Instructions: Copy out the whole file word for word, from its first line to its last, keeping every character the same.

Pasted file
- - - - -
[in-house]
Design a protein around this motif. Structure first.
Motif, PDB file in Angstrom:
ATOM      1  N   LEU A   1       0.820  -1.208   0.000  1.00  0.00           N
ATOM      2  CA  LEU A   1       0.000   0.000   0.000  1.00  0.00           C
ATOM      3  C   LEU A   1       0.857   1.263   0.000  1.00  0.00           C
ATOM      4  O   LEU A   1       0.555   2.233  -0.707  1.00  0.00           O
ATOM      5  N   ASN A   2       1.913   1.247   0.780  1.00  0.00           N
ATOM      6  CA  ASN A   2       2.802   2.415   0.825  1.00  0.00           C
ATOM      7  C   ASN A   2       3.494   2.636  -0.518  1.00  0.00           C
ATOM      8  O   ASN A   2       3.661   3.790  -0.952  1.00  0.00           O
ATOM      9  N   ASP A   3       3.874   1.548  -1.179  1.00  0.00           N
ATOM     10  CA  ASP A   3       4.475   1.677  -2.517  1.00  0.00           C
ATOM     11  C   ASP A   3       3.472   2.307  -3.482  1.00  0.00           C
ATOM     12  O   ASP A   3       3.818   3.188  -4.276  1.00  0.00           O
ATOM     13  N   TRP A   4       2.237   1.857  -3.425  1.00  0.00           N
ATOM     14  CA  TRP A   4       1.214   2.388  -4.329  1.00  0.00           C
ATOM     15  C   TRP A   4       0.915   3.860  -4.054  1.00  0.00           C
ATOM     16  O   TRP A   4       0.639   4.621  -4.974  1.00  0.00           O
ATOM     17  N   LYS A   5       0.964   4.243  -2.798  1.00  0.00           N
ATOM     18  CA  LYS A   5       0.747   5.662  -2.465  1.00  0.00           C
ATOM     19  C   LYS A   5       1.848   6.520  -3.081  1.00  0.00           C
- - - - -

[in-house]
Design a protein around this motif. Structure first.
Motif, PDB file in Angstrom:
ATOM      1  N   LEU A   1       0.820  -1.208   0.000  1.00  0.00           N
ATOM      2  CA  LEU A   1       0.000   0.000   0.000  1.00  0.00           C
ATOM      3  C   LEU A   1       0.857   1.263   0.000  1.00  0.00           C
ATOM      4  O   LEU A   1       0.555   2.233  -0.707  1.00  0.00           O
ATOM      5  N   ASN A   2       1.913   1.247   0.780  1.00  0.00           N
ATOM      6  CA  ASN A   2       2.802   2.415   0.825  1.00  0.00           C
ATOM      7  C   ASN A   2       3.494   2.636  -0.518  1.00  0.00           C
ATOM      8  O   ASN A   2       3.661   3.790  -0.952  1.00  0.00           O
ATOM      9  N   ASP A   3       3.874   1.548  -1.179  1.00  0.00           N
ATOM     10  CA  ASP A   3       4.475   1.677  -2.517  1.00  0.00           C
ATOM     11  C   ASP A   3       3.472   2.307  -3.482  1.00  0.00           C
ATOM     12  O   ASP A   3       3.818   3.188  -4.276  1.00  0.00           O
ATOM     13  N   TRP A   4       2.237   1.857  -3.425  1.00  0.00           N
ATOM     14  CA  TRP A   4       1.214   2.388  -4.329  1.00  0.00           C
ATOM     15  C   TRP A   4       0.915   3.860  -4.054  1.00  0.00           C
ATOM     16  O   TRP A   4       0.639   4.621  -4.974  1.00  0.00           O
ATOM     17  N   LYS A   5       0.964   4.243  -2.798  1.00  0.00           N
ATOM     18  CA  LYS A   5       0.747   5.662  -2.465  1.00  0.00           C
ATOM     19  C   LYS A   5       1.848   6.520  -3.081  1.00  0.00           C